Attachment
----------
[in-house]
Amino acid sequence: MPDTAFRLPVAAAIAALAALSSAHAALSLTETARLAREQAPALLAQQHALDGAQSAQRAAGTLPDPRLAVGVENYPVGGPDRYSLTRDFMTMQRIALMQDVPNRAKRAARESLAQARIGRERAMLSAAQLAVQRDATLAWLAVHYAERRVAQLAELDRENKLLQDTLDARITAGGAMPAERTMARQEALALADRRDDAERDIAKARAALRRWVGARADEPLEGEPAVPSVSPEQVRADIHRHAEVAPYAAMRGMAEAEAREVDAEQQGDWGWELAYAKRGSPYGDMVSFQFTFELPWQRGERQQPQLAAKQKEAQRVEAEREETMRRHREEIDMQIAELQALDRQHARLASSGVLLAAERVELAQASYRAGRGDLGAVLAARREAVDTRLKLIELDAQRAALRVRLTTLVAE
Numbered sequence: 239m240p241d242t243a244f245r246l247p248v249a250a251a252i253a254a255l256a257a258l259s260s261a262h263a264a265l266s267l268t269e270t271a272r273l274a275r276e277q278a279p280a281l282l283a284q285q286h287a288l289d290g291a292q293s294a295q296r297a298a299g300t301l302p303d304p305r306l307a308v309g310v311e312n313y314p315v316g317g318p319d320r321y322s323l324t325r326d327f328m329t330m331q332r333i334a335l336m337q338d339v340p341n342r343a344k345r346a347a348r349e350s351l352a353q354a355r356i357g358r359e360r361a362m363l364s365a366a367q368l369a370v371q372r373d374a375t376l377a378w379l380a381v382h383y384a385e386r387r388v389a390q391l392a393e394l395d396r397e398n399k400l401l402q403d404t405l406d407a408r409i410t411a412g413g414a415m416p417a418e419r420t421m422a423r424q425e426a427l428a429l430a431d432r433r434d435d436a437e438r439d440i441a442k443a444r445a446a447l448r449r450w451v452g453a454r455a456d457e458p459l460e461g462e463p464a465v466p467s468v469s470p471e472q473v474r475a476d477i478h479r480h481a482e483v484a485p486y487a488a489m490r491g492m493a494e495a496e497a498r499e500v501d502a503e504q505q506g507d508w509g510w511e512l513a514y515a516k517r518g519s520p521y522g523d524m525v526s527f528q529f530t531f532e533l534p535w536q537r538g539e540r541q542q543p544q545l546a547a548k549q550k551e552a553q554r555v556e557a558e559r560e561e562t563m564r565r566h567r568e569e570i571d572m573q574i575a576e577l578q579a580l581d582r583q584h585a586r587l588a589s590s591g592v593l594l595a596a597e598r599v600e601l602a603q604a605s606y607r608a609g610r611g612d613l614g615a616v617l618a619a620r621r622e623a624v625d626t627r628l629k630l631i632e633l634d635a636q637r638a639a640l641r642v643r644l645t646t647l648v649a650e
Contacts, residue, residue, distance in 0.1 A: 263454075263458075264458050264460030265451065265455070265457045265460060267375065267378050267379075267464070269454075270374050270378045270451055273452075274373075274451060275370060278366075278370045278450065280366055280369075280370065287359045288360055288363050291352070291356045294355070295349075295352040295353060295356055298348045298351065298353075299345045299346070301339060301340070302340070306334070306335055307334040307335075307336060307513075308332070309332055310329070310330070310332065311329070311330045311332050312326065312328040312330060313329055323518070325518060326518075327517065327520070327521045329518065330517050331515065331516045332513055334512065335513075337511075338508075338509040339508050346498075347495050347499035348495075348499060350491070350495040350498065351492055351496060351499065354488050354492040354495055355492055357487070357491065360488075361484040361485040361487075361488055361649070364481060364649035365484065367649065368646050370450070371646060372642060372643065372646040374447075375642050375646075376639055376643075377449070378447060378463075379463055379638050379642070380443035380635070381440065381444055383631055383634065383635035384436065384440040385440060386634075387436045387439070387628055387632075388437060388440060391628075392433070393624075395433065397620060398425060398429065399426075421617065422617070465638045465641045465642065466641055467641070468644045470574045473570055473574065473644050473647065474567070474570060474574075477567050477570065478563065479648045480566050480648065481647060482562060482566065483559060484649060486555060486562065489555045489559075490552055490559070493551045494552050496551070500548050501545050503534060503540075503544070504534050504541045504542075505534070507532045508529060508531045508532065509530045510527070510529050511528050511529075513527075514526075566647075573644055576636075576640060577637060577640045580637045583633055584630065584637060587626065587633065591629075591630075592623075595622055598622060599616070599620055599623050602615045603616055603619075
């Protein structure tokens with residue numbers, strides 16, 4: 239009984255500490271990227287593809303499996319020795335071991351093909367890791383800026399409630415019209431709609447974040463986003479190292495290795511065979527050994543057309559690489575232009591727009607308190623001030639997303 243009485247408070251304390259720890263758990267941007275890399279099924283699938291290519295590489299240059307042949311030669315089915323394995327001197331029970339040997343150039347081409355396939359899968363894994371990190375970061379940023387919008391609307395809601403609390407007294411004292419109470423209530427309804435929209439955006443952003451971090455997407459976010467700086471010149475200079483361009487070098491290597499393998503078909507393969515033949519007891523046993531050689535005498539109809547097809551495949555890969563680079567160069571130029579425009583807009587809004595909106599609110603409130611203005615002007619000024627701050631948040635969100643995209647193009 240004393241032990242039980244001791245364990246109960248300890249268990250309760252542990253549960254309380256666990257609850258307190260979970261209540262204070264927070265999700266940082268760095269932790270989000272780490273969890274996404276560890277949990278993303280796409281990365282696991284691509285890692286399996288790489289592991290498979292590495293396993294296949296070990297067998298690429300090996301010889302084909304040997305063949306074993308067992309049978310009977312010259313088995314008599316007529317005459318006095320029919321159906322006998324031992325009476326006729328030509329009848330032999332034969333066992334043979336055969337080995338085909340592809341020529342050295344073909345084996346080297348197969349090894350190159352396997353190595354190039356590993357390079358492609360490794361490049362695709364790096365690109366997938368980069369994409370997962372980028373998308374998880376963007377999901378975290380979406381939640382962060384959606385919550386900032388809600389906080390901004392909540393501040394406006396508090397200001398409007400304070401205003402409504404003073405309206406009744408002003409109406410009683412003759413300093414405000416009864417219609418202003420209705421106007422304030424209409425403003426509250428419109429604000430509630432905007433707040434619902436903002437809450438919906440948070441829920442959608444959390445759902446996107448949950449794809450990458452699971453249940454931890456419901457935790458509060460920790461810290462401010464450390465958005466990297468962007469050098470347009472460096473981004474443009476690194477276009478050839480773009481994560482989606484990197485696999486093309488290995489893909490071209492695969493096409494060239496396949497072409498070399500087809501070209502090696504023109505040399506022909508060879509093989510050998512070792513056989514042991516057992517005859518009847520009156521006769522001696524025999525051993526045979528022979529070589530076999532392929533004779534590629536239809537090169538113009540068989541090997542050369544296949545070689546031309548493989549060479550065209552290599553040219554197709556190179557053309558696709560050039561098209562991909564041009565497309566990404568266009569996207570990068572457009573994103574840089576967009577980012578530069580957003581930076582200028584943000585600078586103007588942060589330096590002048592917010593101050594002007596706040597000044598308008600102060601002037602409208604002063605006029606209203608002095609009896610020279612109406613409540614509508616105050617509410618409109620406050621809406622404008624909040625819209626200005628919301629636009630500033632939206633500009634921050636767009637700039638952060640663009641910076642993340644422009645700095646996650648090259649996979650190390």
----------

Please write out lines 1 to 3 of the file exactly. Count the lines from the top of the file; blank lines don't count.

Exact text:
[in-house]
Amino acid sequence: MPDTAFRLPVAAAIAALAALSSAHAALSLTETARLAREQAPALLAQQHALDGAQSAQRAAGTLPDPRLAVGVENYPVGGPDRYSLTRDFMTMQRIALMQDVPNRAKRAARESLAQARIGRERAMLSAAQLAVQRDATLAWLAVHYAERRVAQLAELDRENKLLQDTLDARITAGGAMPAERTMARQEALALADRRDDAERDIAKARAALRRWVGARADEPLEGEPAVPSVSPEQVRADIHRHAEVAPYAAMRGMAEAEAREVDAEQQGDWGWELAYAKRGSPYGDMVSFQFTFELPWQRGERQQPQLAAKQKEAQRVEAEREETMRRHREEIDMQIAELQALDRQHARLASSGVLLAAERVELAQASYRAGRGDLGAVLAARREAVDTRLKLIELDAQRAALRVRLTTLVAE
Numbered sequence: 239m240p241d242t243a244f245r246l247p248v249a250a251a252i253a254a255l256a257a258l259s260s261a262h263a264a265l266s267l268t269e270t271a272r273l274a275r276e277q278a279p280a281l282l283a284q285q286h287a288l289d290g291a292q293s294a295q296r297a298a299g300t301l302p303d304p305r306l307a308v309g310v311e312n313y314p315v316g317g318p319d320r321y322s323l324t325r326d327f328m329t330m331q332r333i334a335l336m337q338d339v340p341n342r343a344k345r346a347a348r349e350s351l352a353q354a355r356i357g358r359e360r361a362m363l364s365a366a367q368l369a370v371q372r373d374a375t376l377a378w379l380a381v382h383y384a385e386r387r388v389a390q391l392a393e394l395d396r397e398n399k400l401l402q403d404t405l406d407a408r409i410t411a412g413g414a415m416p417a418e419r420t421m422a423r424q425e426a427l428a429l430a431d432r433r434d435d436a437e438r439d440i441a442k443a444r445a446a447l448r449r450w451v452g453a454r455a456d457e458p459l460e461g462e463p464a465v466p467s468v469s470p471e472q473v474r475a476d477i478h479r480h481a482e483v484a485p486y487a488a489m490r491g492m493a494e495a496e497a498r499e500v501d502a503e504q505q506g507d508w509g510w511e512l513a514y515a516k517r518g519s520p521y522g523d524m525v526s527f528q529f530t531f532e533l534p535w536q537r538g539e540r541q542q543p544q545l546a547a548k549q550k551e552a553q554r555v556e557a558e559r560e561e562t563m564r565r566h567r568e569e570i571d572m573q574i575a576e577l578q579a580l581d582r583q584h585a586r587l588a589s590s591g592v593l594l595a596a597e598r599v600e601l602a603q604a605s606y607r608a609g610r611g612d613l614g615a616v617l618a619a620r621r622e623a624v625d626t627r628l629k630l631i632e633l634d635a636q637r638a639a640l641r642v643r644l645t646t647l648v649a650e